California's water supply depends on a clean snow pack and healthy mountain lakes. Because of geography, California cities are conducive to air pollution and a similar effect can be found in lakes. The lakes in the Sierra Nevada are the most sensitive lakes in the U.S. to acid rain, according to the Environmental Protection Agency.
Carbonaceous particles, formed by burning oil and coal, are an indicator of air pollution and acid rain. They are transported, along with sulfuric and nitric acid, through the atmosphere and deposited in the lakes. Since 1970 there has been declining levels of carbonaceous particles in the Sierra Nevada lakes, indicating that air quality in California (and likely the western U.S.) has improved dramatically. The authors attribute that to legislation, notably the 1955 Air Pollution Control Act signed by President Eisenhower and the U.S. Clean Air Act signed in 1963 by President Kennedy. Major updates have been signed by Presidents Nixon, Carter and Bush.
"Without the Clean Air Act, air quality in Los Angeles and the Central Valley would be much, much worse increasing cases of asthma and other respiratory diseases. The Clean Air Act should be emulated by China and India where acid rain and air pollution are ruining the environment and making people sick," said James O. Sickman,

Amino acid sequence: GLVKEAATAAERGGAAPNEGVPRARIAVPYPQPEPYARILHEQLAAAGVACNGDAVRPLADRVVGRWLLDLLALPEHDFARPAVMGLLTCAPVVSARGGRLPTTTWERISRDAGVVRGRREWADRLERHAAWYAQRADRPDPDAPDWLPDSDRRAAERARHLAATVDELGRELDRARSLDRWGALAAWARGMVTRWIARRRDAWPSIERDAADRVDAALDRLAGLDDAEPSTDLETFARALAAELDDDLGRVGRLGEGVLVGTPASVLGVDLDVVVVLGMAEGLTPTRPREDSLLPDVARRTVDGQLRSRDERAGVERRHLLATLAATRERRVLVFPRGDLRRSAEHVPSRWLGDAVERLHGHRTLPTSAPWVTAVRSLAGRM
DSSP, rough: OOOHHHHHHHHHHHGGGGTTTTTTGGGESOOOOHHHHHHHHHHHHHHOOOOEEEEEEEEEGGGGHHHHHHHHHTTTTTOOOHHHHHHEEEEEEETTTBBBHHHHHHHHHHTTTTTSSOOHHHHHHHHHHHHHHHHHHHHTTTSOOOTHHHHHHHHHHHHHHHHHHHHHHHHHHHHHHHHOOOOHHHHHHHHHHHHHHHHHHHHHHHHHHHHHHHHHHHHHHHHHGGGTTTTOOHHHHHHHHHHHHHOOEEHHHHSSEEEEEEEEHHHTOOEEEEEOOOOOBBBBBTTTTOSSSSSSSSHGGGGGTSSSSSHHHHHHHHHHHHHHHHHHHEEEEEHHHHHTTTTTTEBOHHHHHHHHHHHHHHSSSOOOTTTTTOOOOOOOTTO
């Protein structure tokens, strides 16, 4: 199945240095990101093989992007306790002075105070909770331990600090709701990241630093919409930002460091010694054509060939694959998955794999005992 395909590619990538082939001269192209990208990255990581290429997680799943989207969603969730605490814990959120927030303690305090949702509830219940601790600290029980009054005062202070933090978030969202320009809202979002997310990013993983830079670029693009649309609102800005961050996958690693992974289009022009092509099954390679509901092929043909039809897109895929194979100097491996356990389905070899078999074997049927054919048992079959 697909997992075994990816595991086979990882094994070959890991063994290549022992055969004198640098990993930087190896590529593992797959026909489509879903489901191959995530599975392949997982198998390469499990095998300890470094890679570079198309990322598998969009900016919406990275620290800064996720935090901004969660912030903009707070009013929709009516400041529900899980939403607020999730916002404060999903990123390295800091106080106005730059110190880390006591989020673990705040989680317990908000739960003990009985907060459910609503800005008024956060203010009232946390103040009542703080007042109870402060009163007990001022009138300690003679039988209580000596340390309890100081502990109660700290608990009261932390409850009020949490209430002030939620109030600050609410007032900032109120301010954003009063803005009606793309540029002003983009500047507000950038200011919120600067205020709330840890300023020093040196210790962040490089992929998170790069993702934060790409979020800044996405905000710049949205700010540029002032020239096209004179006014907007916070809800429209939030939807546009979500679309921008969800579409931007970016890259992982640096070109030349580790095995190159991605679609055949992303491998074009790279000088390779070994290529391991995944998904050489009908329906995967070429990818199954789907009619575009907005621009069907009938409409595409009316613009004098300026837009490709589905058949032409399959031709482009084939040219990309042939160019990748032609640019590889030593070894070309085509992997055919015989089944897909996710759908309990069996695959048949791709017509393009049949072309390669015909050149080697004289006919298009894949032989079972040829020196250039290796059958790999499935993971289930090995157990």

a professor of hydrology
at the University of California, Riverside.
Less acidity and lower nitrogen inputs have allowed sensitive aquatic species to be maintained in the Sierra Nevada lakes. For example the lakes still possess native clams, zooplankton, sponges and invertebrates that could have been eradicated by higher acidity. Another impact has been the preservation of water clarity and color. Greater acid rain and nutrient input would have encouraged algal growth, clouding the water and impairing the lakes' deep blue color. Less acidity in mountain lakes preserves these fragile ecosystems and maintains their visual beauty.
To do the research, Sickman and colleagues collected sediment cores from about 50 lakes in the Sierra Nevada. The researchers hiked to the lakes and used rafts to access the deepest part of the lake. They lowered corers into the sediments. When retrieved, the sediment cores were cut into 1-centimeter-thick slices.
The slices were then subjected to chemical analyses to determine the age of the individual slices. The researchers then counted the carbonaceous particles and diatoms (small phytoplankton with silicon bodies) under a microscope.